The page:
COBO close specification work

Created September 17, 2017
Applications and Research

The module specification work of the Consortium for On-board Optics (COBO) is nearly complete. A draft specification defining the mechanical aspects of the embedded optics design – the dimensions, connector and electrical interface – is already being reviewed by the consortium’s members.

“The draft specification encompasses what we will do inside the data centre and what will work for the coherent market,” said Brad Booth, chair of COBO and principal network architect for Microsoft’s Azure Infrastructure.

COBO was established in 2015 to create an embedded optics multi-source agreement (MSA). On-board optics have long been available but until now these have been proprietary solutions.

The COBO design supports 400-gigabit multi-mode and single-mode optical interfaces. The electrical interface chosen is the IEEE-defined CDAUI-8, eight lanes each at 50 gigabits implemented using a 25-gigabit symbol rate and 4-level pulse-amplitude modulation (PAM-4). COBO also supports an 800-gigabit interface using two tightly-coupled COBO modules.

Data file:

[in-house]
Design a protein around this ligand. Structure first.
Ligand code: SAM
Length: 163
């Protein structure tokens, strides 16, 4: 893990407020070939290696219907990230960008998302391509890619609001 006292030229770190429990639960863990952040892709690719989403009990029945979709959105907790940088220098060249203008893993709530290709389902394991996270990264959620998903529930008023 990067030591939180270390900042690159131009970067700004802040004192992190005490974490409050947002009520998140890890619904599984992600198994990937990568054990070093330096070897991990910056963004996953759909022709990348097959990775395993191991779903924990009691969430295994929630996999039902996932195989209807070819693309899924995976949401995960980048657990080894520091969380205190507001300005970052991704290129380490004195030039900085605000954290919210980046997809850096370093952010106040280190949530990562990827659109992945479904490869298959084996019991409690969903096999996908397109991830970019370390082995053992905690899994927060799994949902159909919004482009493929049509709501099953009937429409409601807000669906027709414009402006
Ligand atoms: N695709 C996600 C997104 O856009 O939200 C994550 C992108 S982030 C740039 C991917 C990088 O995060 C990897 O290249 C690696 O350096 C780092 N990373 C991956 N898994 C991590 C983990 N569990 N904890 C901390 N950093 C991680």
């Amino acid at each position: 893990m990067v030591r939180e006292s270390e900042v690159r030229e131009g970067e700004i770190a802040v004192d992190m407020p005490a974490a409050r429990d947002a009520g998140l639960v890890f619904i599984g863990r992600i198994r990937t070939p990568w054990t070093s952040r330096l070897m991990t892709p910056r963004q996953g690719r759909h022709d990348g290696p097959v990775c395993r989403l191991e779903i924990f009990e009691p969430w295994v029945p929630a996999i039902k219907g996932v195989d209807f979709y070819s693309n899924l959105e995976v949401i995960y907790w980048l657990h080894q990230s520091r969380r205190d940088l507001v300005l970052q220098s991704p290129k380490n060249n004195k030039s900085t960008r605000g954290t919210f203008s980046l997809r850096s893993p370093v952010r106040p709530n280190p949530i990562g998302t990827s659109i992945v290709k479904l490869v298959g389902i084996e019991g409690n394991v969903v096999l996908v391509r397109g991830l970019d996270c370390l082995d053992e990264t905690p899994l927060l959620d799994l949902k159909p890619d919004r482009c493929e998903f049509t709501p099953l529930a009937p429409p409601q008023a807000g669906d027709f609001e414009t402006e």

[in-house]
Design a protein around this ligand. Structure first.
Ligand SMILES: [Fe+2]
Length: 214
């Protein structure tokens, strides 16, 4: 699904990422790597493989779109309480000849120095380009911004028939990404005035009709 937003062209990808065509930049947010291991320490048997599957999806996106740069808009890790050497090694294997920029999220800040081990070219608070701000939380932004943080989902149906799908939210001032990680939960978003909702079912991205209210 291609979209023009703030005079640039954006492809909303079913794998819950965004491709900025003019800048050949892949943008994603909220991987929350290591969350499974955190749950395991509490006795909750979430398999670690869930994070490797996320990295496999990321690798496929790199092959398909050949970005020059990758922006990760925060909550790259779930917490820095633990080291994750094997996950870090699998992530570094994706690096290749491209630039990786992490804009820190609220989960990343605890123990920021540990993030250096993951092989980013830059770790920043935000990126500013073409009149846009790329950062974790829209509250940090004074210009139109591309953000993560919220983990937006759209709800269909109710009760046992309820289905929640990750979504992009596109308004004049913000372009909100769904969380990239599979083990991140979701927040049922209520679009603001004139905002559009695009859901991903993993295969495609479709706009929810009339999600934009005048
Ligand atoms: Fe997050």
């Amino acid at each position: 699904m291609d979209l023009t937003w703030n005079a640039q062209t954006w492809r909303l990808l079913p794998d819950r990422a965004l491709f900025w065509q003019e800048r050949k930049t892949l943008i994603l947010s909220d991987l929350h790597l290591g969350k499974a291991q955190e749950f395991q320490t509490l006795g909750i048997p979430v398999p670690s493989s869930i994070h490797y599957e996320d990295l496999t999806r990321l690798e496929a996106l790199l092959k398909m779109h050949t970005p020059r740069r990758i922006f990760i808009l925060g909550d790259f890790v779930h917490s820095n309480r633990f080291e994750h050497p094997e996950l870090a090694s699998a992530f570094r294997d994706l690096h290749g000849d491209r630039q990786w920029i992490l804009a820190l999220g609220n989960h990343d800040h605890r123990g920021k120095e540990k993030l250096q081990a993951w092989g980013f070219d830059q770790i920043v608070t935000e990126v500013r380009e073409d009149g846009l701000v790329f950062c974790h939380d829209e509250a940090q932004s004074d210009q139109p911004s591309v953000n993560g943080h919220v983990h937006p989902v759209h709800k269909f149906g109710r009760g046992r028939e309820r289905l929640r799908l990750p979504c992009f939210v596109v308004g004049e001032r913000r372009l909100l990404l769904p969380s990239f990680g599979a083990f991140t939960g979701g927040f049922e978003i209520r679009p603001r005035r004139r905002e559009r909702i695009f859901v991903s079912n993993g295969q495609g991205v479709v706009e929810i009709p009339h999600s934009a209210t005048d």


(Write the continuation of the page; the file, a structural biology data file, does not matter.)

The consortium has also defined three module categories that vary in length. The module classes reflect the power envelope requirements; the shortest module supports multi-mode and the lower-power module designs while the longest format supports coherent designs. “The beauty of COBO is that the connectors and the connector spacings are the same no matter what length [of module] you use,” said Booth.

The main coherent application envisaged for COBO is the Optical Internetworking Forum’s 400ZR specification that is under development.

Booth says the COBO specification will likely need a couple more members’ reviews before its completion. “Our target is still to have this done by the end of the year,” he said.

By Roy Rubenstein

See also:

COBO MSA website:

Gazettabyte: Cobo targets year-end to complete specification


This article was written
by Roy Rubenstein

is the editor of and has been researching and writing about the telecom and semiconductor industries for over 20 years.